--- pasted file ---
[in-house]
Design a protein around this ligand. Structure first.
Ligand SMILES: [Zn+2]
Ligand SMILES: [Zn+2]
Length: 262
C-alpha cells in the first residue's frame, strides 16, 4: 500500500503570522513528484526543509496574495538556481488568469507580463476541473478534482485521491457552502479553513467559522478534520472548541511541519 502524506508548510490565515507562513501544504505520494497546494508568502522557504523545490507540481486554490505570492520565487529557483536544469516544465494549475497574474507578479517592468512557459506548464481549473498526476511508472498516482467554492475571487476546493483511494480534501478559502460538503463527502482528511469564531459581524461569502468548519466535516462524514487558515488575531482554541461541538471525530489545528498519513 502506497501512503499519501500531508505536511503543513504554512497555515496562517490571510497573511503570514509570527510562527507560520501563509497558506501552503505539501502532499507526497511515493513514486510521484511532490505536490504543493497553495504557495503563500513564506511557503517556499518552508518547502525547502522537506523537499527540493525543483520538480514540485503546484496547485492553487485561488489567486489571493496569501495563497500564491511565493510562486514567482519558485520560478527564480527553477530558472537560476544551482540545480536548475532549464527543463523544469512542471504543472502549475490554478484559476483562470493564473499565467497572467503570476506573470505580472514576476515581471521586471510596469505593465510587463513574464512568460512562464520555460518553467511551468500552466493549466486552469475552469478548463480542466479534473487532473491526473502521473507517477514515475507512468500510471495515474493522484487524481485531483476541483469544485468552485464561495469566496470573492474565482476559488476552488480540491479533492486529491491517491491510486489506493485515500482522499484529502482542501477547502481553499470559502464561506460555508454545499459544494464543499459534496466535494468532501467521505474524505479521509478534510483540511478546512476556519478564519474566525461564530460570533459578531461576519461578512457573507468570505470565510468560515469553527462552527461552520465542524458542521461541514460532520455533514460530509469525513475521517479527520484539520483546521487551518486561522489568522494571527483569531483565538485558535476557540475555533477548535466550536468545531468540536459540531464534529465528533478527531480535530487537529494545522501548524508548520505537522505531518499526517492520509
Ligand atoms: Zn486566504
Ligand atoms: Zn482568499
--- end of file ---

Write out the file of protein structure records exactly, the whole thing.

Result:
[in-house]
Design a protein around this ligand. Structure first.
Ligand SMILES: [Zn+2]
Ligand SMILES: [Zn+2]
Length: 262
C-alpha cells in the first residue's frame, strides 16, 4: 500500500503570522513528484526543509496574495538556481488568469507580463476541473478534482485521491457552502479553513467559522478534520472548541511541519 502524506508548510490565515507562513501544504505520494497546494508568502522557504523545490507540481486554490505570492520565487529557483536544469516544465494549475497574474507578479517592468512557459506548464481549473498526476511508472498516482467554492475571487476546493483511494480534501478559502460538503463527502482528511469564531459581524461569502468548519466535516462524514487558515488575531482554541461541538471525530489545528498519513 502506497501512503499519501500531508505536511503543513504554512497555515496562517490571510497573511503570514509570527510562527507560520501563509497558506501552503505539501502532499507526497511515493513514486510521484511532490505536490504543493497553495504557495503563500513564506511557503517556499518552508518547502525547502522537506523537499527540493525543483520538480514540485503546484496547485492553487485561488489567486489571493496569501495563497500564491511565493510562486514567482519558485520560478527564480527553477530558472537560476544551482540545480536548475532549464527543463523544469512542471504543472502549475490554478484559476483562470493564473499565467497572467503570476506573470505580472514576476515581471521586471510596469505593465510587463513574464512568460512562464520555460518553467511551468500552466493549466486552469475552469478548463480542466479534473487532473491526473502521473507517477514515475507512468500510471495515474493522484487524481485531483476541483469544485468552485464561495469566496470573492474565482476559488476552488480540491479533492486529491491517491491510486489506493485515500482522499484529502482542501477547502481553499470559502464561506460555508454545499459544494464543499459534496466535494468532501467521505474524505479521509478534510483540511478546512476556519478564519474566525461564530460570533459578531461576519461578512457573507468570505470565510468560515469553527462552527461552520465542524458542521461541514460532520455533514460530509469525513475521517479527520484539520483546521487551518486561522489568522494571527483569531483565538485558535476557540475555533477548535466550536468545531468540536459540531464534529465528533478527531480535530487537529494545522501548524508548520505537522505531518499526517492520509
Ligand atoms: Zn486566504
Ligand atoms: Zn482568499